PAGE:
Aristocles (sculptors)

Aristocles (Greek: polytonic|Αριστοκλης) is a name attributed to two sculptors in Ancient Greece, as well as a nominal hereditary school of sculpture, started by the elder Aristocles, known to us primarily through different passages in Pausanias. [Citation
last = Smith
first = Philip
author-link =
contribution = Aristocles
editor-last = Smith
editor-first = William
title = Dictionary of Greek and Roman Biography and Mythology
volume = 1
pages = 302
publisher =
place = Boston
year = 1867
contribution-url =

*Aristocles of Cydonia was one of the most ancient sculptors; and though his age cannot be clearly fixed, it is certain that he flourished be­fore Zancle was called Messene. [Pausanias, v. 25. § 6] that is, before 494 BC. He was called both a Cydonian and a Sicyonian, probably because he was born at Cydonia and practiced and taught his art in Sicyon.

*Aristocles of Sicyon was the grandson of the above, as well as the pupil and son of Cleoetas, [Pausanias, v. 24. § 1] and brother of Canachus. He was not much inferior to his father in reputa­tion. This Aristocles had a pupil, Synnoön, who was the father and teacher of Ptolichus of Aegina. [Pausanias, vi. 9. § 1] We are also told, in an epigram by Antipater Sidonius that this Aristocles made one of three statues of the Muses, [Greek Anthology, ii. p. 15, no. 35, Jacobs] the other two of which were made by Ageladas and Canachus.

From these passages we infer that these artists founded a school of sculpture at Sicyon, which secured a hereditary reputation, and of which we have the heads for seven generations, namely, Aristocles the elder, Cleoetas, Aristocles the younger and Canachus, Synnoön, Ptolichus, Sostratus, and Pantias.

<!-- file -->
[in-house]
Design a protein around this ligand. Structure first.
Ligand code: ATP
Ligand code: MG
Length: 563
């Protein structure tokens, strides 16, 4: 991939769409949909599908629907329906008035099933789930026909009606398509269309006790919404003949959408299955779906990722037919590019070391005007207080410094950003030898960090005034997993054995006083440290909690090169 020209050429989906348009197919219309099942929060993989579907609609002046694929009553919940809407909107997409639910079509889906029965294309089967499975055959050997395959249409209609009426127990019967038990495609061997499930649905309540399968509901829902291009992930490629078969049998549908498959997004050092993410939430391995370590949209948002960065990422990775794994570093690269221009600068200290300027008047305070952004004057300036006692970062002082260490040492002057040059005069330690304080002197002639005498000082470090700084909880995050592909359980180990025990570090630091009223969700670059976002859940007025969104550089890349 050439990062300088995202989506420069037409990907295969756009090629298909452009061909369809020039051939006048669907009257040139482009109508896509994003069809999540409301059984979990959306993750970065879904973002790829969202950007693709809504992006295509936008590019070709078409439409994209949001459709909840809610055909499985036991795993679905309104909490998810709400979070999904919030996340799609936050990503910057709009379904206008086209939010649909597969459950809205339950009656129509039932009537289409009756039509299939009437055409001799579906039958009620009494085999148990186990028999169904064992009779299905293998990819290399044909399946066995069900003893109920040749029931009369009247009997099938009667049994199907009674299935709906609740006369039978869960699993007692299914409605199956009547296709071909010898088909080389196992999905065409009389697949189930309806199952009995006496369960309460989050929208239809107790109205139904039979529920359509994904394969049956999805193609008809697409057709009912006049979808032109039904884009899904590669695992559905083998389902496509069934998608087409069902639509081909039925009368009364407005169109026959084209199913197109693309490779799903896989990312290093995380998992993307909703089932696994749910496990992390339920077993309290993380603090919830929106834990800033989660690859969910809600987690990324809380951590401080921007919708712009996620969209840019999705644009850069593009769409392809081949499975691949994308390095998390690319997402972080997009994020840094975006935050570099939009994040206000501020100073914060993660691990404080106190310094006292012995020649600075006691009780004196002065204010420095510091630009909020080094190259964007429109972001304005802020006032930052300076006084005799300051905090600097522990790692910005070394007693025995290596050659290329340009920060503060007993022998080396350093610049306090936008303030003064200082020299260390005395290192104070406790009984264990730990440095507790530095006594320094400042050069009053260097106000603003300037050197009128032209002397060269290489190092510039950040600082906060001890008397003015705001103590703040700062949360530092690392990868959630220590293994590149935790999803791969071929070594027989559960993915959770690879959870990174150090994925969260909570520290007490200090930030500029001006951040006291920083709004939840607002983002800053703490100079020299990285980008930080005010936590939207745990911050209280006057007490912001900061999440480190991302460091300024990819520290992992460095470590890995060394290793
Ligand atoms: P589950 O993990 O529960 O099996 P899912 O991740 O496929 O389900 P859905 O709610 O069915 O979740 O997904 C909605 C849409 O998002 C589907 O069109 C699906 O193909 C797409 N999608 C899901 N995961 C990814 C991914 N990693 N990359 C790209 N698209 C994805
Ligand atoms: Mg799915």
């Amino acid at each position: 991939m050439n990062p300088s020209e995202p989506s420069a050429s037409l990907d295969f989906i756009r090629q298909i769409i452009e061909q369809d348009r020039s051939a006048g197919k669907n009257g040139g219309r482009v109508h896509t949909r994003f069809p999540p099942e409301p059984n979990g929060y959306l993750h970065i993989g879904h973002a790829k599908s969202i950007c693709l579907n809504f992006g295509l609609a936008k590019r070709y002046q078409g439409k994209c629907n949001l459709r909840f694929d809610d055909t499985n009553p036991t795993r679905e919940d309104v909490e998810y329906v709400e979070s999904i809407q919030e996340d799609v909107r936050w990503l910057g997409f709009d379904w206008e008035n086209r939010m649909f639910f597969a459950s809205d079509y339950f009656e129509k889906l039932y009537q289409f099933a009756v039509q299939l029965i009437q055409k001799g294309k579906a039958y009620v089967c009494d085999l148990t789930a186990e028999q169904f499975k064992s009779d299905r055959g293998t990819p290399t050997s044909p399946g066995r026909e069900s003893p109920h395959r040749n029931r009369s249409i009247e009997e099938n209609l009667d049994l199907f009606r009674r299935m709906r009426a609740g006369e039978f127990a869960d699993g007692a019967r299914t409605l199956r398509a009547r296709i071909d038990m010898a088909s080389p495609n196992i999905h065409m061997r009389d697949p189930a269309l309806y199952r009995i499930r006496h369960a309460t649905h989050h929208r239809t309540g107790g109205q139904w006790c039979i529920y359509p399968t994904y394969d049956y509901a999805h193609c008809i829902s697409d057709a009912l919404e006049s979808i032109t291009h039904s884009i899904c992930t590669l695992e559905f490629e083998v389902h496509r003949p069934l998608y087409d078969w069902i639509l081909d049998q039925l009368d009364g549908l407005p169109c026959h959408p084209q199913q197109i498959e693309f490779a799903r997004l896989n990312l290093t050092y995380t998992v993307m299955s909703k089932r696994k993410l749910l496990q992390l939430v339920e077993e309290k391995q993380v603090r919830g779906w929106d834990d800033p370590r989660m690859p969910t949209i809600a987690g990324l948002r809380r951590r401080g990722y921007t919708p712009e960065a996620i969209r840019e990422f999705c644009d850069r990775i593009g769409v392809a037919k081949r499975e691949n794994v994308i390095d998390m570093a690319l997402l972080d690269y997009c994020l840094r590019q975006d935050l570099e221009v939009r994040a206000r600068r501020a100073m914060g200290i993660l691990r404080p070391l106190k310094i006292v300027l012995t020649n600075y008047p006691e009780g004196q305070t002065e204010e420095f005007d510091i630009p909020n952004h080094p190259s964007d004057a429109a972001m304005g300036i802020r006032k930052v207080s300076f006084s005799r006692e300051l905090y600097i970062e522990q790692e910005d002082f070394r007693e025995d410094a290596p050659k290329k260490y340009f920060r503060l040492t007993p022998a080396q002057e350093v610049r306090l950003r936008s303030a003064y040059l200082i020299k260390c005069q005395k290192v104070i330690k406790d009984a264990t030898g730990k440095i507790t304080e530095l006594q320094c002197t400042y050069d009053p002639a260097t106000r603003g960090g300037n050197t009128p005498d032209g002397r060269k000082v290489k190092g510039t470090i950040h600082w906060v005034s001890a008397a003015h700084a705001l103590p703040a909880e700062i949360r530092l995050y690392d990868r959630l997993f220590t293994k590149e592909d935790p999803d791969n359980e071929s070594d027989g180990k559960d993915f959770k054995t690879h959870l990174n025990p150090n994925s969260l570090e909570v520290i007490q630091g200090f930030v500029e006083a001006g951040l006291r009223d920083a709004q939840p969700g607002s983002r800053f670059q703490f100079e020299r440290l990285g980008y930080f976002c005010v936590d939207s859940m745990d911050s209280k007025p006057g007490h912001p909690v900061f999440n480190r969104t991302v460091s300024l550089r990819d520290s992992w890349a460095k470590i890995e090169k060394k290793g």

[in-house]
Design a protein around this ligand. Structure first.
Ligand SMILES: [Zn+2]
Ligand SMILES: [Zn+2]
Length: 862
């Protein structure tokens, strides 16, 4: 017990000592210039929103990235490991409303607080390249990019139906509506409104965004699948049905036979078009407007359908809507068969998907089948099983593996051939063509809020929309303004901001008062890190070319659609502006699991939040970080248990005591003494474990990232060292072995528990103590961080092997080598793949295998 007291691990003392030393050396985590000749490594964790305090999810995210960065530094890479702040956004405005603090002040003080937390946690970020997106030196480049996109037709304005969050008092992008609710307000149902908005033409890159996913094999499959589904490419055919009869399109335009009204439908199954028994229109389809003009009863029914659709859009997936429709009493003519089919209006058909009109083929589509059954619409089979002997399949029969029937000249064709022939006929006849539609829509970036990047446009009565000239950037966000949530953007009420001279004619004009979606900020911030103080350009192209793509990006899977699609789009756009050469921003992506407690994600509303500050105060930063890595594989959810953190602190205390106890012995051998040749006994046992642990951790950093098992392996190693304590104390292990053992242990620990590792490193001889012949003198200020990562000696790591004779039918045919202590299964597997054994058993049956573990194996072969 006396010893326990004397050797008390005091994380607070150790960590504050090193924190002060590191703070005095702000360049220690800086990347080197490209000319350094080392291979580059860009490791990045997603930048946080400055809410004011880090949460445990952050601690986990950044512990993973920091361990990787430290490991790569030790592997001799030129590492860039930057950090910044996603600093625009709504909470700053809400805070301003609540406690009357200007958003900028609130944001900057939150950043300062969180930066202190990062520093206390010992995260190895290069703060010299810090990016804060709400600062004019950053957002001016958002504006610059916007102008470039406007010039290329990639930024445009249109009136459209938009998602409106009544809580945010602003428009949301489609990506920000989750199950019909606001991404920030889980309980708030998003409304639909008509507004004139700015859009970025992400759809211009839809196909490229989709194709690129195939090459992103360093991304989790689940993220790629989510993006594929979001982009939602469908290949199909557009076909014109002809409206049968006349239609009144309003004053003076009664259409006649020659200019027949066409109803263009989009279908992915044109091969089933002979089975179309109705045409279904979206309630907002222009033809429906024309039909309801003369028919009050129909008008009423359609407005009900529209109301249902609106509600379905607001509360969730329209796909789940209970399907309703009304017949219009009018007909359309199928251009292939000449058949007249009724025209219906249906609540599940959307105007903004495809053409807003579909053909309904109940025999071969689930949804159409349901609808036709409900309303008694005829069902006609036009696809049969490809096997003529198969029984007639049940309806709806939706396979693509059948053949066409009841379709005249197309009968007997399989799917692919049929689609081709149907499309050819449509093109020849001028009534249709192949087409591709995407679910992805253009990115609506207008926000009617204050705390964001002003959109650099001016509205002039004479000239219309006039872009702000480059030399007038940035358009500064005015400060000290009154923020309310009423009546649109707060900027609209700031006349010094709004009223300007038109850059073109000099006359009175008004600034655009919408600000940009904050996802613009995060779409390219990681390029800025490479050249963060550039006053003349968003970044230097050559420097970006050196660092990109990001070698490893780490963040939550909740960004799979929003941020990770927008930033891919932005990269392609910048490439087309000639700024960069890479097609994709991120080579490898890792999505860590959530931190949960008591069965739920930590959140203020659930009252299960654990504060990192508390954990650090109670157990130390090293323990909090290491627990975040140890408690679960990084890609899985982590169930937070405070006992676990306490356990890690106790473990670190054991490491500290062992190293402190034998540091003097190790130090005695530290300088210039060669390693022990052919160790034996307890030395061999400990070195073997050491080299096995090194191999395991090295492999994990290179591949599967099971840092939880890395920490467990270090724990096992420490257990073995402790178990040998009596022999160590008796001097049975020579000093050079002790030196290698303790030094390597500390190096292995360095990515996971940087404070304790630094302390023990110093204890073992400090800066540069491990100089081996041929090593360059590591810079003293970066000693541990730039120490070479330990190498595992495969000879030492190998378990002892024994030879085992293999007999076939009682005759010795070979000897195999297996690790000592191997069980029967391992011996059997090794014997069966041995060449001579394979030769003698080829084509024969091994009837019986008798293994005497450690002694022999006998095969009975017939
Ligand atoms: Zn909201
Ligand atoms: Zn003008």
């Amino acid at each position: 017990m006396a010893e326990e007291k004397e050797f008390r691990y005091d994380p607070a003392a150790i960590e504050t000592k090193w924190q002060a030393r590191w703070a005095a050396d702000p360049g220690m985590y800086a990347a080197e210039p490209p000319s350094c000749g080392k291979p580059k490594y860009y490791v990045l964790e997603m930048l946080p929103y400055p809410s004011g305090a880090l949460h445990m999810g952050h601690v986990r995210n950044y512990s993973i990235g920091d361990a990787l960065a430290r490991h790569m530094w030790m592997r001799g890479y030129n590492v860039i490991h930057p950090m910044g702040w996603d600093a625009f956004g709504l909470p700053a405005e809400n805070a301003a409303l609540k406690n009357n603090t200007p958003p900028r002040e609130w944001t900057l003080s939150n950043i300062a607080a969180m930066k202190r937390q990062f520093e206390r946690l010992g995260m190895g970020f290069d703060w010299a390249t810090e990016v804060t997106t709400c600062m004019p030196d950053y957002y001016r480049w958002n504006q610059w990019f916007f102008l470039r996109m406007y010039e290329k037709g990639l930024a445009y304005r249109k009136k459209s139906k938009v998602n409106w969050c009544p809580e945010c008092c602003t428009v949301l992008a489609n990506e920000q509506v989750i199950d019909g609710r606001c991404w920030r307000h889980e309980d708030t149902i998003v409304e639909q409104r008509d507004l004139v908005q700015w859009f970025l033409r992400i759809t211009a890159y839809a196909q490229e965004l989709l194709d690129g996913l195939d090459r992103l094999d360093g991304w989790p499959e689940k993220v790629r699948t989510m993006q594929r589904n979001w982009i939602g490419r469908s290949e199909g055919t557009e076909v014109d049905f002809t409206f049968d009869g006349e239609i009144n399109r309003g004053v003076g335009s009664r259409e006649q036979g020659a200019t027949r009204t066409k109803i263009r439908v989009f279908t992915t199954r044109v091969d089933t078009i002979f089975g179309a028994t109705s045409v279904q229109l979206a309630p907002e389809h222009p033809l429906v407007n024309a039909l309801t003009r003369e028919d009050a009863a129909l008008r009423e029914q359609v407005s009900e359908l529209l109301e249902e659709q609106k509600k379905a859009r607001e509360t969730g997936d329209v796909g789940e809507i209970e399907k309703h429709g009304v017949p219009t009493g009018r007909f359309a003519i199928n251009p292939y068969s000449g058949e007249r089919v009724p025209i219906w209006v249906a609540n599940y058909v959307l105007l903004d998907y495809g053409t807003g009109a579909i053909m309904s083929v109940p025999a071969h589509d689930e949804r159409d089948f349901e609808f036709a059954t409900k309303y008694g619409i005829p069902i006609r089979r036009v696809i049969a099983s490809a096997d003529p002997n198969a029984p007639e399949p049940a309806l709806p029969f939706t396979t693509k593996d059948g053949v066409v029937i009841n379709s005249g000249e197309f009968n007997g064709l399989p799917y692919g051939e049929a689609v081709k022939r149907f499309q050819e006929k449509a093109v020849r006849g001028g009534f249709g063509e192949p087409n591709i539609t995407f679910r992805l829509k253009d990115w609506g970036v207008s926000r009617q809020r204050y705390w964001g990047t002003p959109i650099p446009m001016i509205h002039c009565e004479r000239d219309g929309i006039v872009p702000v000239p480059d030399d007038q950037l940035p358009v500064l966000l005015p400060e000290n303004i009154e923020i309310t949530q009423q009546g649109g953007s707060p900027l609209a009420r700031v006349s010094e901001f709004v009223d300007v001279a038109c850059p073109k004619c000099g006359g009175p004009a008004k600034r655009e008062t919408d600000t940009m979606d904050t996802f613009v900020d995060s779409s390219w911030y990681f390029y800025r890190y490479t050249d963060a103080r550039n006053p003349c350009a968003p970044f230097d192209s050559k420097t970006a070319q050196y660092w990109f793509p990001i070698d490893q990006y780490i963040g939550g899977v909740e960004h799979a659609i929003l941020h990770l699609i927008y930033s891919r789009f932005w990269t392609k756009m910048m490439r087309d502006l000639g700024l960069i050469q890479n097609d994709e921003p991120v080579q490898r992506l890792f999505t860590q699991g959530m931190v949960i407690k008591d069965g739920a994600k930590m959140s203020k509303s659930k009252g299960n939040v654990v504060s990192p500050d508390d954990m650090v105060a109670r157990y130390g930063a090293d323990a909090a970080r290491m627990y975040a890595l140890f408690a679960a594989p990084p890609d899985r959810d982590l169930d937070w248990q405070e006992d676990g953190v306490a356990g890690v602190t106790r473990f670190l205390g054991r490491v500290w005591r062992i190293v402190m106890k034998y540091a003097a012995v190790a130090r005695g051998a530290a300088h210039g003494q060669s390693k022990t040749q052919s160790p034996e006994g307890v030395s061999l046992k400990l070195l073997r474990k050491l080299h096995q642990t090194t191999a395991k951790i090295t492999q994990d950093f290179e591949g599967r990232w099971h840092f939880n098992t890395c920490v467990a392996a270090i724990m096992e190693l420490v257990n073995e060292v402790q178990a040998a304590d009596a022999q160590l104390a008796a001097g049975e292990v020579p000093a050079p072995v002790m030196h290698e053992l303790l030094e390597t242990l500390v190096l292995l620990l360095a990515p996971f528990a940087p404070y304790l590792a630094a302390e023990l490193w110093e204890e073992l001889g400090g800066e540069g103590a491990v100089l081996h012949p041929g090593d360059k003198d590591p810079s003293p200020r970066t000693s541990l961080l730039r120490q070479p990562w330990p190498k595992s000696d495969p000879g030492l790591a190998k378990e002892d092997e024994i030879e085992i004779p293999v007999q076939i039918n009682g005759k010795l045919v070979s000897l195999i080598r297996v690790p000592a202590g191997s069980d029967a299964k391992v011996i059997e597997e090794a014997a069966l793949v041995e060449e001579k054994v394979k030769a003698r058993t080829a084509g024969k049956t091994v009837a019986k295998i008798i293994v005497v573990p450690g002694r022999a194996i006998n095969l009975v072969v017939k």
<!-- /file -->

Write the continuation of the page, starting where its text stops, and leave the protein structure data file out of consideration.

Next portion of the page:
There is some difficulty in determining the age of these artists; but, supposing the date of Cana­chus to be fixed at about 540—508 BC, we have the date of his brother, the younger Aristocles, and allowing 30 years to a generation, the elder Aristocles must have lived about 600—568 BC. Some scholars place him immediately before the period when Zancle was first called Messene, [Bockh, "Corp. Inscrip." i. p. 39] but there is nothing in the words of Pausanias to require such a restric­tion. By extending the calculation to the other artists mentioned above, we get the following table of dates:

# Aristocles flourished 600 to 568 BC

# Cleoetas „ 570—538

# Aristocles & Canachus 540-508

# Synnoön „ 510—478 ,

# Ptolichus „ 480—448 „

# Sostratus „ 450—418 „

# Pantias „ 420—388 „

These dates are found to agree very well with all that we know of the artists. Karl Julius Sillig gives a table which does not materially differ from the above. [Karl Julius Sillig, "Catal. Art. s.v."] He calculates the dates at 564, 536, 508, 480, 452, 424, and 396 BC respectively. In this computation it has been assumed that the elder Canachus was the brother of the younger Aristocles, and that Pantias was the seventh in order from the elder Aristocles. Any other supposition would throw the whole matter into confusion.

Pausanias mentions, as a work of the elder Aristocles, a group in bronze representing Heracles struggling for a girdle with an Amazon on horseback, which was dedicated at Olympia by Evagoras of Zancle; [Pausanias, v. 25. § 6] and, as a work of the younger, a group in bronze of Zeus and Ganymede, dedicated at Olympia by Gnothis, a Thessalian. [Pausanias, v. 24. § 1] The Muse by the latter, mentioned above, was in bronze, held a lyre (polytonic|χέλυς), and was intended to represent the Muse of the diatonic genus of music.




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